The dairy industry is cheering the January release of the U.S. Government's new Dietary Guidelines for Americans. The guidelines, a joint effort between USDA and the Department of Health and Human Services, calls for at least three servings a day of low-fat or fat-free dairy food products.

"The scientific research continues to build on the importance of dairy's powerful nutrient package-especially in light of concerns about Americans not getting enough of certain key nutrients, many of which are found in milk and milk products," said Clay Hough, IDFA senior v.p. and general counsel. "We commend the U.S. Department of Health and Human Services and the U.S. Department of Agriculture for their science-based recommendations on dairy in the new guidelines."

This is the sixth edition of Dietary Guidelines for Americans, and it increases the emphasis on dairy over the previous version, calling for three daily servings instead of two. It's also good news for dairy because it becomes the basis of federal food programs and nutrition education programs.

"These new Dietary Guidelines represent our best science-based advice to help Americans live healthier and longer lives," HHS Secretary Tommy Thompson said.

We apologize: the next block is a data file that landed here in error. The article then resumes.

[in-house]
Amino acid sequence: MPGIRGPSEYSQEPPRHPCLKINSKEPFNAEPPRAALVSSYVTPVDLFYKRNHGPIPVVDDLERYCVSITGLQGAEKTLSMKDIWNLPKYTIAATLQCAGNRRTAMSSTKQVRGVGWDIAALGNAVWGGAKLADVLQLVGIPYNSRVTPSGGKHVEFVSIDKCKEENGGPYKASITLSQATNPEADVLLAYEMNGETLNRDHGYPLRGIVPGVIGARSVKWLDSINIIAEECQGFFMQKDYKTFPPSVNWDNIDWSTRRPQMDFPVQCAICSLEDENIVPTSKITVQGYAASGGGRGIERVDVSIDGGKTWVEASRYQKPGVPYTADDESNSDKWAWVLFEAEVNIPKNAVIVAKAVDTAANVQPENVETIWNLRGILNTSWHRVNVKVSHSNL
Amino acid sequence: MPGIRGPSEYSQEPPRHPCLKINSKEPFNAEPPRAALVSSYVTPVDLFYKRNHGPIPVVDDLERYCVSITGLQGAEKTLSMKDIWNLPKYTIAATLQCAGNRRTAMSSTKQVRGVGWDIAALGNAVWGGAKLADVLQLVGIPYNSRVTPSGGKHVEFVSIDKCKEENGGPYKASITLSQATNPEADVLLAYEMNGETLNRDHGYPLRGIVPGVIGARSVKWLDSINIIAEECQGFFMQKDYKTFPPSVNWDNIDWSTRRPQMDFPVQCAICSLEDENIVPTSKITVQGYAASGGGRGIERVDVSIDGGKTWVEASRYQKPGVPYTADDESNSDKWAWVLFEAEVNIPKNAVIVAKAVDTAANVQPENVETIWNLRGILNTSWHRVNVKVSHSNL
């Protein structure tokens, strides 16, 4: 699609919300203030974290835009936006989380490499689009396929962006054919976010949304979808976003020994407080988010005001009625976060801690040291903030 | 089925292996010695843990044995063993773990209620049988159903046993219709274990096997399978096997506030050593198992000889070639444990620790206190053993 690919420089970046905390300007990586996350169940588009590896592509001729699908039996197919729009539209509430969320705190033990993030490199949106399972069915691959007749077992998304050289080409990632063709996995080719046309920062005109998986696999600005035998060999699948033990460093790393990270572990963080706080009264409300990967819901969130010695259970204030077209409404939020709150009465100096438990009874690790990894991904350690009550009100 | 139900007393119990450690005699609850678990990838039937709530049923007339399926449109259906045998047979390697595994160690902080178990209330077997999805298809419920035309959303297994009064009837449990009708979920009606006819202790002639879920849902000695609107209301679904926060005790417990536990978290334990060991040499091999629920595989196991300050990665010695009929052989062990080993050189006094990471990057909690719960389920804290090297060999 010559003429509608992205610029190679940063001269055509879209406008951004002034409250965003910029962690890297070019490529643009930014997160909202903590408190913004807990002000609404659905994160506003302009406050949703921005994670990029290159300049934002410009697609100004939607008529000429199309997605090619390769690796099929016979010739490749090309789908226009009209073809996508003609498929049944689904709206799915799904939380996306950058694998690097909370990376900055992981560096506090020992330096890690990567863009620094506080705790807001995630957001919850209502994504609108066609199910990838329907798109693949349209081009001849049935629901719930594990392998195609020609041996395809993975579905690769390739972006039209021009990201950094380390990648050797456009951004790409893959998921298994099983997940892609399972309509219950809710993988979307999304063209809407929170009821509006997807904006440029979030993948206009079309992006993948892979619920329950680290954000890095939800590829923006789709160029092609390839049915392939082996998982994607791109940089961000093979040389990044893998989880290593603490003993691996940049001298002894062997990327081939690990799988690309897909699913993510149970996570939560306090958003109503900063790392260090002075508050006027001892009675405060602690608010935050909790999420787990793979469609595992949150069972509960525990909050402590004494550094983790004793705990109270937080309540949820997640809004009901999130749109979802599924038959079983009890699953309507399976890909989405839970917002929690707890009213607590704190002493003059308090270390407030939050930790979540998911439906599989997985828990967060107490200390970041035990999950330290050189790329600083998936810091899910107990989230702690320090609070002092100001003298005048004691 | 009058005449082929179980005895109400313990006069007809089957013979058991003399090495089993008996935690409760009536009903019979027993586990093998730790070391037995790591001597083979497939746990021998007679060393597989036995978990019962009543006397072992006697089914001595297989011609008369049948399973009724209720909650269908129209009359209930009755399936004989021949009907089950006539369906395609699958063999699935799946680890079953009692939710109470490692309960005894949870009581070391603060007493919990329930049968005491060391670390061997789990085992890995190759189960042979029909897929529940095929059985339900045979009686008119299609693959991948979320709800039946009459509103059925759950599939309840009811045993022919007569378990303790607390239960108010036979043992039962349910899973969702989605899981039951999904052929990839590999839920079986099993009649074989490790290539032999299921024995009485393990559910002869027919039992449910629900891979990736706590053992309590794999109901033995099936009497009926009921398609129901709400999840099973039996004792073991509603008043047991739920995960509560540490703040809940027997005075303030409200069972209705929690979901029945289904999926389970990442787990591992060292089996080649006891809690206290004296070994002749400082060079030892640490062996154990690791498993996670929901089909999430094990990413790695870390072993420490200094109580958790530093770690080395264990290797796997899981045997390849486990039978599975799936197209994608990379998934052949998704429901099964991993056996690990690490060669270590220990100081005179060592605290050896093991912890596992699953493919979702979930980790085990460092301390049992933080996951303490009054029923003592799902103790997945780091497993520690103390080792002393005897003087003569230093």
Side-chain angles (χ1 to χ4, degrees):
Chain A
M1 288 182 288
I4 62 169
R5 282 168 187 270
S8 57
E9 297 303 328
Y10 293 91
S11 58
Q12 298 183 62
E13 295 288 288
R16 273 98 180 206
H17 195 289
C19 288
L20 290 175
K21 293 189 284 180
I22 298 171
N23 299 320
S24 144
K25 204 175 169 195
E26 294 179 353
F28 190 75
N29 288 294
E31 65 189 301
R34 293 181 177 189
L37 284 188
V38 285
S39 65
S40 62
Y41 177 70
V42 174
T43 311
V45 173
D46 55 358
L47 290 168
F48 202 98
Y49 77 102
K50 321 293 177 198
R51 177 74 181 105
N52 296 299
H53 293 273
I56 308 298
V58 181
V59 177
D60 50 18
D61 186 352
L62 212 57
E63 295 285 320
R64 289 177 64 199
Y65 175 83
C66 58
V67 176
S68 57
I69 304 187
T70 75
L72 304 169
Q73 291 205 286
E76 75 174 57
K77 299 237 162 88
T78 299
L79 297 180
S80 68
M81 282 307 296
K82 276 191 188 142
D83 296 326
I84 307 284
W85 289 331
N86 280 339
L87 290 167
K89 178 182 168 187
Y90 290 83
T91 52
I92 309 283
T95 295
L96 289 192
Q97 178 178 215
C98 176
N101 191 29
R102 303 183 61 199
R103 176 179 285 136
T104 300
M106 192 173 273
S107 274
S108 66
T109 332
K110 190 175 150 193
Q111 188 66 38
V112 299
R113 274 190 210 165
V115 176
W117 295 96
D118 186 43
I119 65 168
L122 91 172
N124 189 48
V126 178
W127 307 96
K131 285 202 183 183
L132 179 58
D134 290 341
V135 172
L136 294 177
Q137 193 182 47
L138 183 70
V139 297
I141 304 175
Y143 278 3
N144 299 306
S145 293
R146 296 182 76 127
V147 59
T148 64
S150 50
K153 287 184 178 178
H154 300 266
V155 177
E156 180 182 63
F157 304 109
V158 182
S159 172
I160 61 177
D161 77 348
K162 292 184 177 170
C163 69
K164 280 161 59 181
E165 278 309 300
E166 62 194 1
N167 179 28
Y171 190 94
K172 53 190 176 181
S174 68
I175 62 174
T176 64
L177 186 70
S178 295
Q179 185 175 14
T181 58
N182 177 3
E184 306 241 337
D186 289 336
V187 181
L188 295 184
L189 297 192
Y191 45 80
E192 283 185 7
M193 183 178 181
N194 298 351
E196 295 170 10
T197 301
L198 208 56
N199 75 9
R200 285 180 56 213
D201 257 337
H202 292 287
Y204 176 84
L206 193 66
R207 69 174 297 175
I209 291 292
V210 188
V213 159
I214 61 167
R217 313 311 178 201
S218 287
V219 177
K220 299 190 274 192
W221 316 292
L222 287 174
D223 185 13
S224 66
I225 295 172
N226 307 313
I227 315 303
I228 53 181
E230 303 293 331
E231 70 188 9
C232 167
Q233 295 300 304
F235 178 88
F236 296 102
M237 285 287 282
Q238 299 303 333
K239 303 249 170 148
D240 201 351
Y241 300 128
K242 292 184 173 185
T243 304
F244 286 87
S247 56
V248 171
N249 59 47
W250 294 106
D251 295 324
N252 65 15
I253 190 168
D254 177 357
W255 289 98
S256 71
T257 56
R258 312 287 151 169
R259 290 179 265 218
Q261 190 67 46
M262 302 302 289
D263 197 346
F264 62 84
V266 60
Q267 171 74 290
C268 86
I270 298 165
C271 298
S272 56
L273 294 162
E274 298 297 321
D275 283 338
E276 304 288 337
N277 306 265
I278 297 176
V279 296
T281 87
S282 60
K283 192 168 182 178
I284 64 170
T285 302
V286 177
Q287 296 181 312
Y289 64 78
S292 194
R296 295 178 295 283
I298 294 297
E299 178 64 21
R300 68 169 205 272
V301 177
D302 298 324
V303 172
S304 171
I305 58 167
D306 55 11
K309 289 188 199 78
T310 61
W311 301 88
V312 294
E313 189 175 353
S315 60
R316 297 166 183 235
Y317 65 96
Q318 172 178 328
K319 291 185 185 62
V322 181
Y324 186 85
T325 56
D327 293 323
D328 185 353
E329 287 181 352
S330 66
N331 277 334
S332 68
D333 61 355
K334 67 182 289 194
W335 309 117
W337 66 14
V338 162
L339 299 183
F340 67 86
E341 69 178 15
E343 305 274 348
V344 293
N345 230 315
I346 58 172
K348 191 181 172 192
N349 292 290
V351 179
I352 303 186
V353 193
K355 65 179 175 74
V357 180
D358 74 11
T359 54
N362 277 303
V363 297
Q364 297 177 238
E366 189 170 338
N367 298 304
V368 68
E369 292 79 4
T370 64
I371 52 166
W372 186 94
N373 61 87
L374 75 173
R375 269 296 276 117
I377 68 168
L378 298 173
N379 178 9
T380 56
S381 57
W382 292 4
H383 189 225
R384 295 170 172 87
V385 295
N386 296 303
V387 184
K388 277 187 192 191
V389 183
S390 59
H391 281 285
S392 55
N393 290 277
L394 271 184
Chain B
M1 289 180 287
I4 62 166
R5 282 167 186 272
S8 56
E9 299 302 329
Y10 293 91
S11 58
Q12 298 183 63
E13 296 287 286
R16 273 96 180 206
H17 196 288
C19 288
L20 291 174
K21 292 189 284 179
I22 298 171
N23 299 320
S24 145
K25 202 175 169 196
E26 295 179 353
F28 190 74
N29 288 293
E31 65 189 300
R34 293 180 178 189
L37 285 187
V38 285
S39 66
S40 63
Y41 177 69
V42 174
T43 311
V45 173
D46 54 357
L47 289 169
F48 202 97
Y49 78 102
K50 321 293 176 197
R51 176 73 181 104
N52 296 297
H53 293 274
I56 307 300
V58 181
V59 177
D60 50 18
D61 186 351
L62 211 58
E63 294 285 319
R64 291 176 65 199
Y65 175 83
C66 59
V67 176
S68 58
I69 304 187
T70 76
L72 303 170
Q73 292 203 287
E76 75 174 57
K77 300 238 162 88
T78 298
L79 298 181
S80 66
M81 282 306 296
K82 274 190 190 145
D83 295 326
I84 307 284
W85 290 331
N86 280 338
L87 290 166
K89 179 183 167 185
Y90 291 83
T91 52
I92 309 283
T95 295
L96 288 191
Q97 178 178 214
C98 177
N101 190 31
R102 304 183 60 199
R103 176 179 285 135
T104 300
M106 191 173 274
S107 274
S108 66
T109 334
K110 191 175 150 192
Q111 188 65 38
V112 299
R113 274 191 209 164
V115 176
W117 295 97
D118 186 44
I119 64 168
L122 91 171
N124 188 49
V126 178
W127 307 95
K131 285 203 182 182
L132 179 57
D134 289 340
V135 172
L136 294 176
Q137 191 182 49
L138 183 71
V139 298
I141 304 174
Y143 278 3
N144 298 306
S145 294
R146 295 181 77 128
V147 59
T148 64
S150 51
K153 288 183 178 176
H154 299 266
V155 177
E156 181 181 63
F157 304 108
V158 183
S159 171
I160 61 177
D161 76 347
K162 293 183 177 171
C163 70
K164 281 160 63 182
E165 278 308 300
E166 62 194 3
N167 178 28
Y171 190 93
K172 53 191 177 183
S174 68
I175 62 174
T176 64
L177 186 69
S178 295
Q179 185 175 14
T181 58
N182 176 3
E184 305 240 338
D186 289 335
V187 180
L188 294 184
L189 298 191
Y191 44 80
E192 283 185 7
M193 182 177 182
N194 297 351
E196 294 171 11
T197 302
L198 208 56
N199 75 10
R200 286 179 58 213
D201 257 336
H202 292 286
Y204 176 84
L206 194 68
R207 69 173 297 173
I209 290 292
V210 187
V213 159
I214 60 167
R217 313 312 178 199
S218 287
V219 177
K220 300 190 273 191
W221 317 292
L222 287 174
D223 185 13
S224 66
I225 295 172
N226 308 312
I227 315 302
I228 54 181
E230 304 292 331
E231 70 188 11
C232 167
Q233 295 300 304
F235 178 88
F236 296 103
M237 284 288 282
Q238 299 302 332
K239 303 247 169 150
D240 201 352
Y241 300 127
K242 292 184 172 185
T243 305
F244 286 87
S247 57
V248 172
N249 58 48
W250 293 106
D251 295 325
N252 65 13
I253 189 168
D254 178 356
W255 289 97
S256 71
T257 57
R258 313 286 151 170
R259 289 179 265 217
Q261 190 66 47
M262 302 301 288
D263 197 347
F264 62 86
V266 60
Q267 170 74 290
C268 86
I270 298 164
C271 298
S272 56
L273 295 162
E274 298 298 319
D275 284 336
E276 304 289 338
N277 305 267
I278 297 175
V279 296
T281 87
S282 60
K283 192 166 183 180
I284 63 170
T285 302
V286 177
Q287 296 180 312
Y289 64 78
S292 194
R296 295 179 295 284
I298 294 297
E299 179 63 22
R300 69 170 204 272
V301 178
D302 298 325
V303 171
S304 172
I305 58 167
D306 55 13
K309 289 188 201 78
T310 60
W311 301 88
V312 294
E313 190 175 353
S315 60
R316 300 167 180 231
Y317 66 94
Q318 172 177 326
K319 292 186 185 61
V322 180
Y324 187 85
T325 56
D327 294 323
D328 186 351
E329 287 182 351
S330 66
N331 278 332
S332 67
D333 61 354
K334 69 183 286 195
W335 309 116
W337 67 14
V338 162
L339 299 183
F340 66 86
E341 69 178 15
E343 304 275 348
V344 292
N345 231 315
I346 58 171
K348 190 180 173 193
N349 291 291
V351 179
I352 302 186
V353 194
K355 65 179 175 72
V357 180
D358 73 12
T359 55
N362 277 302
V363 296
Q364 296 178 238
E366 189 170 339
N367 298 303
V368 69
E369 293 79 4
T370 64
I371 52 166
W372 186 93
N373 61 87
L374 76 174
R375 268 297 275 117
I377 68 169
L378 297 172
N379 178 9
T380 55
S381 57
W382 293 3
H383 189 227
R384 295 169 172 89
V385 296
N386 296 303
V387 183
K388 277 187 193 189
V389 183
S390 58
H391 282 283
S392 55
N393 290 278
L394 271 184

The Dietary Guidelines Advisory Committee also referenced scientific data that showed that many Americans fall short on calcium, magnesium and vitamin A. IDFA was quick to point out that milk and milk products are among the best sources of these nutrients.

Nebraska Gov. Mike Johanns won easy confirmation as Secretary of Agriculture in the second Bush Administration. Appearing before the Senate Agriculture Committee, Johanns breezed through three hours of questioning on everything from the importation of Canadian cows to food security concerns. Dairy industry representatives in Washington say Johanns' first big test will likely be putting together the 2007 Farm Bill reauthorization. Some lawmakers have signaled their intentions to extend the Milk Income Loss Contract (MILC) payment program and to revive dairy compacts, something supported by producers but opposed by processors.